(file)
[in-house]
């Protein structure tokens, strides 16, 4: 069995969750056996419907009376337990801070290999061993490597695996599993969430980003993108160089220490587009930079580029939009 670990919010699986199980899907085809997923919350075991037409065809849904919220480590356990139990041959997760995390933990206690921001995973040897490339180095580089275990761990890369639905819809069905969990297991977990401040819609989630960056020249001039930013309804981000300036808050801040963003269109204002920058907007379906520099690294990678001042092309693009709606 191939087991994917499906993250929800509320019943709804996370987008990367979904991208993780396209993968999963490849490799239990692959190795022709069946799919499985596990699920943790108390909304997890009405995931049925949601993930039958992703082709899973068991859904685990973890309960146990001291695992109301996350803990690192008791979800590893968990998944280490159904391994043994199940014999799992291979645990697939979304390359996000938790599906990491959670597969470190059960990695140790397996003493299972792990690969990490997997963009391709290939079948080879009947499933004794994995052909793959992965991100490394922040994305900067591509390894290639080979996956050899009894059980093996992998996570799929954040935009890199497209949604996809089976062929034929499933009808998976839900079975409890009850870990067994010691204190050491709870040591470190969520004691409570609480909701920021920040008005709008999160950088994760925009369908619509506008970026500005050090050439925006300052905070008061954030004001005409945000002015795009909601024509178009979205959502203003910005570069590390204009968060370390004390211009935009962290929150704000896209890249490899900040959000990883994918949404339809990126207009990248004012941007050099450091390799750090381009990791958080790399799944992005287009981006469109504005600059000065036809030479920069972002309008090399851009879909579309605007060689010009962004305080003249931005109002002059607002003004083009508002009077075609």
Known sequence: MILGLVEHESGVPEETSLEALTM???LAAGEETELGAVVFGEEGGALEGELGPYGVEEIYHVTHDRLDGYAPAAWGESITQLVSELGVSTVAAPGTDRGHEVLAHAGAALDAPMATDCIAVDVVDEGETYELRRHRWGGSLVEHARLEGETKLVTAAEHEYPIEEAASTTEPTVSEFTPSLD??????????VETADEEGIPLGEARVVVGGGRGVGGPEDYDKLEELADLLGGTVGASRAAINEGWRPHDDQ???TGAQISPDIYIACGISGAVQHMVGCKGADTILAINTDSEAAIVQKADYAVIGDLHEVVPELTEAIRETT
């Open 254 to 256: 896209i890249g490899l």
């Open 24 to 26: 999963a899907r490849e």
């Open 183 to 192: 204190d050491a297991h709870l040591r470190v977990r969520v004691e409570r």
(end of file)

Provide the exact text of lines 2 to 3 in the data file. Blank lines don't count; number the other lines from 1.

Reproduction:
């Protein structure tokens, strides 16, 4: 069995969750056996419907009376337990801070290999061993490597695996599993969430980003993108160089220490587009930079580029939009 670990919010699986199980899907085809997923919350075991037409065809849904919220480590356990139990041959997760995390933990206690921001995973040897490339180095580089275990761990890369639905819809069905969990297991977990401040819609989630960056020249001039930013309804981000300036808050801040963003269109204002920058907007379906520099690294990678001042092309693009709606 191939087991994917499906993250929800509320019943709804996370987008990367979904991208993780396209993968999963490849490799239990692959190795022709069946799919499985596990699920943790108390909304997890009405995931049925949601993930039958992703082709899973068991859904685990973890309960146990001291695992109301996350803990690192008791979800590893968990998944280490159904391994043994199940014999799992291979645990697939979304390359996000938790599906990491959670597969470190059960990695140790397996003493299972792990690969990490997997963009391709290939079948080879009947499933004794994995052909793959992965991100490394922040994305900067591509390894290639080979996956050899009894059980093996992998996570799929954040935009890199497209949604996809089976062929034929499933009808998976839900079975409890009850870990067994010691204190050491709870040591470190969520004691409570609480909701920021920040008005709008999160950088994760925009369908619509506008970026500005050090050439925006300052905070008061954030004001005409945000002015795009909601024509178009979205959502203003910005570069590390204009968060370390004390211009935009962290929150704000896209890249490899900040959000990883994918949404339809990126207009990248004012941007050099450091390799750090381009990791958080790399799944992005287009981006469109504005600059000065036809030479920069972002309008090399851009879909579309605007060689010009962004305080003249931005109002002059607002003004083009508002009077075609």
Known sequence: MILGLVEHESGVPEETSLEALTM???LAAGEETELGAVVFGEEGGALEGELGPYGVEEIYHVTHDRLDGYAPAAWGESITQLVSELGVSTVAAPGTDRGHEVLAHAGAALDAPMATDCIAVDVVDEGETYELRRHRWGGSLVEHARLEGETKLVTAAEHEYPIEEAASTTEPTVSEFTPSLD??????????VETADEEGIPLGEARVVVGGGRGVGGPEDYDKLEELADLLGGTVGASRAAINEGWRPHDDQ???TGAQISPDIYIACGISGAVQHMVGCKGADTILAINTDSEAAIVQKADYAVIGDLHEVVPELTEAIRETT